Germany issues warning over ‘patent boxes’ tax subsidy
Bruton says US multinationals will advise Government on ‘knowledge box’ tax scheme
Minister for Enterprise and Innovation Richard Bruton said he had received “very positive feedback” on the budgetary changes in meetings with US companies.
Germany has warned that corporate tax subsidy arrangements known as “patent boxes” are acceptable in the European Union only as a reward for research and investment by companies in member states, not as a new tax-avoidance tool.
It comes as the Minister for Enterprise and Innovation Richard Bruton said US multinationals plan to advise the Government on what should be in the proposed “knowledge box” tax scheme.
Speaking on a five-day US trade mission, Mr Bruton said he had received “very positive feedback” on the budgetary changes in meetings with US companies in Boston on Monday and the Washington DC area yesterday.
Companies had indicated that they would participate in the Government’s consultation process on the knowledge box, which will allow companies separate income from intellectual property and pay a different tax rate on it.
Minister for Finance Michael Noonan flagged patent box or “knowledge box” arrangements in his budget speech, after scrapping the controversial “Double Irish” tax mechanism. Irish officials are examining whether to levy a 6.25 per cent tax rate on assets such as patents managed from Ireland.
Corporate tax avoidance
Senior Berlin officials have warned they would take a dim view of patent boxes being set up as a new front for corporate tax avoidance. They say they have made this clear in talks with the British treasury, with similar talks likely soon with the Netherlands, Luxembourg and Spain. A senior Berlin official said that Ireland has not yet approached Germany to explain its own plans but would get the same answer.
“With Britain we are in agreement that brassplate companies cannot be allowed use patent or licence box arrangements,” said a senior German official. “A patent box is not damaging per se but it is necessary that substantial research is going on in a country through a real, substantive company before that company is rewarded with tax breaks.”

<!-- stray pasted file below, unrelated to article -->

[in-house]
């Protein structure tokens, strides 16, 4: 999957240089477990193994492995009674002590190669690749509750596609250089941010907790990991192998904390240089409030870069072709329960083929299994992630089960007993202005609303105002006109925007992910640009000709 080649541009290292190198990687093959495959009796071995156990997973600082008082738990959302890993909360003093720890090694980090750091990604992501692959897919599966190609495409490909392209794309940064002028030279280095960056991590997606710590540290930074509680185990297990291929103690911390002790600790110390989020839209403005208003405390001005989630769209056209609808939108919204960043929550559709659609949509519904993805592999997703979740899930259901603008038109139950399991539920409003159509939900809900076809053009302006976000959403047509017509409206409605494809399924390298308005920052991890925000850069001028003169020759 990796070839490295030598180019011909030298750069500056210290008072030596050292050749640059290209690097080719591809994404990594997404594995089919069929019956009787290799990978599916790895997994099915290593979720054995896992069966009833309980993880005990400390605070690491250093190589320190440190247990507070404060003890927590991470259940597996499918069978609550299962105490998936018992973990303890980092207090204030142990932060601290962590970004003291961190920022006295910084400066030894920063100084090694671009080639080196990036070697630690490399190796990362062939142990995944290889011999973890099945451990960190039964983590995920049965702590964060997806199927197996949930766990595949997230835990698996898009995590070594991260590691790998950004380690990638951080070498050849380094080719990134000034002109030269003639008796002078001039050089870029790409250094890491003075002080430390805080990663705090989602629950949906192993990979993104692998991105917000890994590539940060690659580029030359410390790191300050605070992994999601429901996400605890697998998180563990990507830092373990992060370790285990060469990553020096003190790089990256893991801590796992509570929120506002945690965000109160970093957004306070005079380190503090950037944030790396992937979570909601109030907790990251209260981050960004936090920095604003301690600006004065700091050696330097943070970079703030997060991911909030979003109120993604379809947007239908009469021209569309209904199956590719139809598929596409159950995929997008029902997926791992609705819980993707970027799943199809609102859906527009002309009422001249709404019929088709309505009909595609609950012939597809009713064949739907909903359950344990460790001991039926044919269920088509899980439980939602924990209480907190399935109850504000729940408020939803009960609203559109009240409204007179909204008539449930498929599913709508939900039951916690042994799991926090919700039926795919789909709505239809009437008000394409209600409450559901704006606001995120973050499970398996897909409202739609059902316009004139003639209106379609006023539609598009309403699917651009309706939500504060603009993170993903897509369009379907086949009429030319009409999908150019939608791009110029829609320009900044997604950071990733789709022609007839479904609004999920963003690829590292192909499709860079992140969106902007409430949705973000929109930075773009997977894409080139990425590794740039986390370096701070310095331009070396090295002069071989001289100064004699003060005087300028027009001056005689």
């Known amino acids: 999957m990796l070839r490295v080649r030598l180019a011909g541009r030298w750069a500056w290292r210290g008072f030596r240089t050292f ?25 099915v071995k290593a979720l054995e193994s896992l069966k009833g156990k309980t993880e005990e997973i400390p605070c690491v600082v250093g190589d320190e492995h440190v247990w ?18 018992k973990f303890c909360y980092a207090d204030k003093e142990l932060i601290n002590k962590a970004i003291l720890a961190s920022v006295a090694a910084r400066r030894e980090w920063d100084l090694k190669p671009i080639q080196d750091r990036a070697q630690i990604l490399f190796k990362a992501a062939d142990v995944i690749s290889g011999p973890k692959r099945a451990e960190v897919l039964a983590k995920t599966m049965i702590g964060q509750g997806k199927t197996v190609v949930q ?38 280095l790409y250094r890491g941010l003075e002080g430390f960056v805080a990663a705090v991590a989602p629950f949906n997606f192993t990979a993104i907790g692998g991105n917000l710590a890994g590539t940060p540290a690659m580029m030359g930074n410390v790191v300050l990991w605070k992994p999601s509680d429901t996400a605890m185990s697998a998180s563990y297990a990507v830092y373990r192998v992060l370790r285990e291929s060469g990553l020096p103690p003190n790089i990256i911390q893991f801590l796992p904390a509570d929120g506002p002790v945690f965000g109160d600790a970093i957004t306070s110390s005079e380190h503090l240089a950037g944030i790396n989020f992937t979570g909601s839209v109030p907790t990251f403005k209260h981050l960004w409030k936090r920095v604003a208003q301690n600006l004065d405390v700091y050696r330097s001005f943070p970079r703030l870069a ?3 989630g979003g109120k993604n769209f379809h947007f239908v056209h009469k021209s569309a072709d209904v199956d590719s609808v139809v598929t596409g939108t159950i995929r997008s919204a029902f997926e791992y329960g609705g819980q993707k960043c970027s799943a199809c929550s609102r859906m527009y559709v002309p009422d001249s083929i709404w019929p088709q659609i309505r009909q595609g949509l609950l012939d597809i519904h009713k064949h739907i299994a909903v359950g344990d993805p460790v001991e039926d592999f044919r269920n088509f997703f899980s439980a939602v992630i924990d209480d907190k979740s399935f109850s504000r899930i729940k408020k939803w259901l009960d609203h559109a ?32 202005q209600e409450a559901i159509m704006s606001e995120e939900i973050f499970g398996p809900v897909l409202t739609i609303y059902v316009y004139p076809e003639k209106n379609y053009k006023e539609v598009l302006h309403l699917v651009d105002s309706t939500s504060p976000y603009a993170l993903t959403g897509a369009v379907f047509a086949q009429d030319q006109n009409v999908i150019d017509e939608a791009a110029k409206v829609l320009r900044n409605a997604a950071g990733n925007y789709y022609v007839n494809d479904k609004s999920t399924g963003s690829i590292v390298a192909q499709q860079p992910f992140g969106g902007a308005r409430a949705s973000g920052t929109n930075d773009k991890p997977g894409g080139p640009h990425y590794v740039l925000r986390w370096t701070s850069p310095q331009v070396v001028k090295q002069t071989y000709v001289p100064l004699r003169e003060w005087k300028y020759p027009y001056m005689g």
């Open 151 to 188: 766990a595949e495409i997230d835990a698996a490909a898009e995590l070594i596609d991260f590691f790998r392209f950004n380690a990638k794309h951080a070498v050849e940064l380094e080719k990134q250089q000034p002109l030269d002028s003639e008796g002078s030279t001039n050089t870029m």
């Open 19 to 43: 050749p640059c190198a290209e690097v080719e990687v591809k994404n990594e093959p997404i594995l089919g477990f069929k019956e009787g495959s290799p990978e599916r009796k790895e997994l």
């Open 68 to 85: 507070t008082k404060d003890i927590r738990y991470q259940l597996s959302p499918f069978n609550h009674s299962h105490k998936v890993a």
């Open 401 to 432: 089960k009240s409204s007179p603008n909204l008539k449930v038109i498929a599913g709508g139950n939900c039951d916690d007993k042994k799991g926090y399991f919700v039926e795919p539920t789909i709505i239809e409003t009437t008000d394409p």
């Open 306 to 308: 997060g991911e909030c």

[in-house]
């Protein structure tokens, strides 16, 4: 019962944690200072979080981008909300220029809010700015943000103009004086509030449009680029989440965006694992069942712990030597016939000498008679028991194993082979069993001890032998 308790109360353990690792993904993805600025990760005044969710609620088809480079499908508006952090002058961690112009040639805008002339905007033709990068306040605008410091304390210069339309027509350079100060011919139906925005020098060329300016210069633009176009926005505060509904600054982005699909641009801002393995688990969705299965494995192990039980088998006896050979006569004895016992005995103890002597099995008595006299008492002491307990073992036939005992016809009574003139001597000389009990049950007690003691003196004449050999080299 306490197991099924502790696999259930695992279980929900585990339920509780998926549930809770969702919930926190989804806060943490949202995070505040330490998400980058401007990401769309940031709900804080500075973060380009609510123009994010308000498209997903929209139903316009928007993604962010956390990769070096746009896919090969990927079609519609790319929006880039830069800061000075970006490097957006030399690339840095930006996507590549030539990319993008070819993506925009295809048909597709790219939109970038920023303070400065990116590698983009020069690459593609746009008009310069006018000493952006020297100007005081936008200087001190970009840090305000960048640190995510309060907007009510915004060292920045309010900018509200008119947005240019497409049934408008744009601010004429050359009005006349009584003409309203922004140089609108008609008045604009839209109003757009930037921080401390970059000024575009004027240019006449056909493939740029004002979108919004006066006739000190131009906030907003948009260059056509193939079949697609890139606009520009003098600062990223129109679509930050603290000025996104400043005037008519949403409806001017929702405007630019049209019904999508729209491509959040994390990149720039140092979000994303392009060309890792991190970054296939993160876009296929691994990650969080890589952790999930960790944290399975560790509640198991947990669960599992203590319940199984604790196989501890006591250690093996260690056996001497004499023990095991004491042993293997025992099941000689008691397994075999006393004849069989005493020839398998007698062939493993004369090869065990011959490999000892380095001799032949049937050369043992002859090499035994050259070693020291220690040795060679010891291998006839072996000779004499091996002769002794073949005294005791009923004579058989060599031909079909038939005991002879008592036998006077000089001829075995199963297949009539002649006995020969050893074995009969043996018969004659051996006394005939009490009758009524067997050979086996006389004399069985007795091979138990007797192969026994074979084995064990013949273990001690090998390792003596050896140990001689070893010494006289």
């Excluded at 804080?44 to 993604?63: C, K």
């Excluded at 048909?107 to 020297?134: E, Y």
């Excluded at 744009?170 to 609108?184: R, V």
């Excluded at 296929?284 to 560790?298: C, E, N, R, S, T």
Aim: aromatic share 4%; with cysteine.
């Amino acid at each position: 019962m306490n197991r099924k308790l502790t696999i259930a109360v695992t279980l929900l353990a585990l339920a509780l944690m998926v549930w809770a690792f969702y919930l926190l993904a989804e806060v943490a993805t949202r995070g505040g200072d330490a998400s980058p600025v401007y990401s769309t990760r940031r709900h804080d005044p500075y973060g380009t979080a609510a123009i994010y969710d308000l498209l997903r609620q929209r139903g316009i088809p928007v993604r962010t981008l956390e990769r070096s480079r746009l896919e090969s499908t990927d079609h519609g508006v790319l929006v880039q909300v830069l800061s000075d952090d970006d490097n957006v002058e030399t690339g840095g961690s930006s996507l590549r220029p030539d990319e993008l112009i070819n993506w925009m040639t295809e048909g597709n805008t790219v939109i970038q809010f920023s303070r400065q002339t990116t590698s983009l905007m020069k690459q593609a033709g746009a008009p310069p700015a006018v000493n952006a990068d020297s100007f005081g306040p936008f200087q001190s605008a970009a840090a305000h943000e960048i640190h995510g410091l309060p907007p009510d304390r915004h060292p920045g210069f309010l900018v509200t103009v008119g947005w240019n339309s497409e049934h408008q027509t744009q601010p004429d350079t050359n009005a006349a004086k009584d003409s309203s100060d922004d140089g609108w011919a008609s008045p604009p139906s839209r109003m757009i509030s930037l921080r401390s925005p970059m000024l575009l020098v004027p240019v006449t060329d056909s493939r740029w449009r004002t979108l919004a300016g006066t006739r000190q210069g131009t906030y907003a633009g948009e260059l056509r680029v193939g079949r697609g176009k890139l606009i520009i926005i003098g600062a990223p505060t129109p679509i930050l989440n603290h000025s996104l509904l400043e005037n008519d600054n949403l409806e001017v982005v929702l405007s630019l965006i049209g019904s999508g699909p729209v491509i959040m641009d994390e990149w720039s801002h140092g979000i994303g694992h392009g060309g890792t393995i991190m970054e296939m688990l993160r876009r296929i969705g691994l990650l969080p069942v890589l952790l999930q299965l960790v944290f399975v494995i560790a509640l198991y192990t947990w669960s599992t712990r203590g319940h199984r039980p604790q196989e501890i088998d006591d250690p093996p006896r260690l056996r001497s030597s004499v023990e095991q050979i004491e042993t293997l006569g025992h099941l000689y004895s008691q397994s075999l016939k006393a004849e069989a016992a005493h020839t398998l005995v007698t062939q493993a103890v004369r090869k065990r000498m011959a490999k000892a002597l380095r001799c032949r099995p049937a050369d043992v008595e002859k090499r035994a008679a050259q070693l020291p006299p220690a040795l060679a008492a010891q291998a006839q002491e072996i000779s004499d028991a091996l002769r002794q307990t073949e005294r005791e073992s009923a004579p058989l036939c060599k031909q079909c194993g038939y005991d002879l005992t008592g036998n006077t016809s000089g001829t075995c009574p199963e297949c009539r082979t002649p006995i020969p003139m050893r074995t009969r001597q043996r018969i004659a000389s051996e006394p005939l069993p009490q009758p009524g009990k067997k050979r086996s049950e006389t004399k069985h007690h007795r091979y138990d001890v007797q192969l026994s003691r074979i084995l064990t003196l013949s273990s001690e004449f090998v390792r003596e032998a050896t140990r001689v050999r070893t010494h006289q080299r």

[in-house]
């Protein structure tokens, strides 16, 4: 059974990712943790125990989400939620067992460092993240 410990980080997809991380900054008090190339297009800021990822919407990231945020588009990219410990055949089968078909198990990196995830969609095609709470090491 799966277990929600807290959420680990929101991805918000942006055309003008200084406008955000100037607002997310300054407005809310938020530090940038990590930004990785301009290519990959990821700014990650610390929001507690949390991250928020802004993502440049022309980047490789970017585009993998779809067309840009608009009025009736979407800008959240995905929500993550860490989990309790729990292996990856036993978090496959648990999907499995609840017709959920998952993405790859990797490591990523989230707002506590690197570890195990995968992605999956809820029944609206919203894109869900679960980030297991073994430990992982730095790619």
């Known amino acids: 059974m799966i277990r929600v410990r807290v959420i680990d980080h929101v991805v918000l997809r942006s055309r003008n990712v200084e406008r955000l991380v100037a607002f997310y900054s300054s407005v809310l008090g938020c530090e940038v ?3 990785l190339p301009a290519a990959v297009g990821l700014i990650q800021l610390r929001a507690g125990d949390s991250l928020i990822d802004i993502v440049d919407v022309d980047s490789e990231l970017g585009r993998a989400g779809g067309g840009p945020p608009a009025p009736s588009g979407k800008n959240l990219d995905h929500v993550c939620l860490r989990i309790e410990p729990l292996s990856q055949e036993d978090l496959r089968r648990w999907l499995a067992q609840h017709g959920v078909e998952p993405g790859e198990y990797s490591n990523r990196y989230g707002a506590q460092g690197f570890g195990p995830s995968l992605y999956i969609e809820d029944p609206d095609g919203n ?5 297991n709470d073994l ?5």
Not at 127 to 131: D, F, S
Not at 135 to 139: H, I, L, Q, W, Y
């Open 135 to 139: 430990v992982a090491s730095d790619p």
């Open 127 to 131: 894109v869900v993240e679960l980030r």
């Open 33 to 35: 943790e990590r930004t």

The introduction of any such schemes require approval of EU authorities in Brussels and the conclusion of talks to overall global corporate tax rules at the Organisation for Economic Co-operation and Development in Paris.
Germany’s approval is not explicitly required but criticism of new Irish tax arrangements from Berlin could complicate matters, given that Ireland’s 12.5 per cent tax rate is already a popular punchball in German political circles.
The latest German warning comes as Mr Noonan arrives in Berlin today to sign, along with more than 50 other ministers, an international tax agreement on the automatic exchange of banking information.
Signatory countries hope the agreement marks the effective end of banking secrecy provisions that allow offshore bank accounts, hidden income and costly tax avoidance at an estimated cost to the EU alone of about €1 trillion annually.
Today’s agreement in Berlin takes place under the auspices of the Global Forum, an international network of 122 countries plus the EU, for international co-operation on taxation and financial information exchange.
More than 50 countries will sign today’s agreement on a new standard for the automatic exchange of banking information.
After the agreement goes live in September 2017 all banks in signatory countries will be obliged to forward financial details of foreign customers to tax authorities.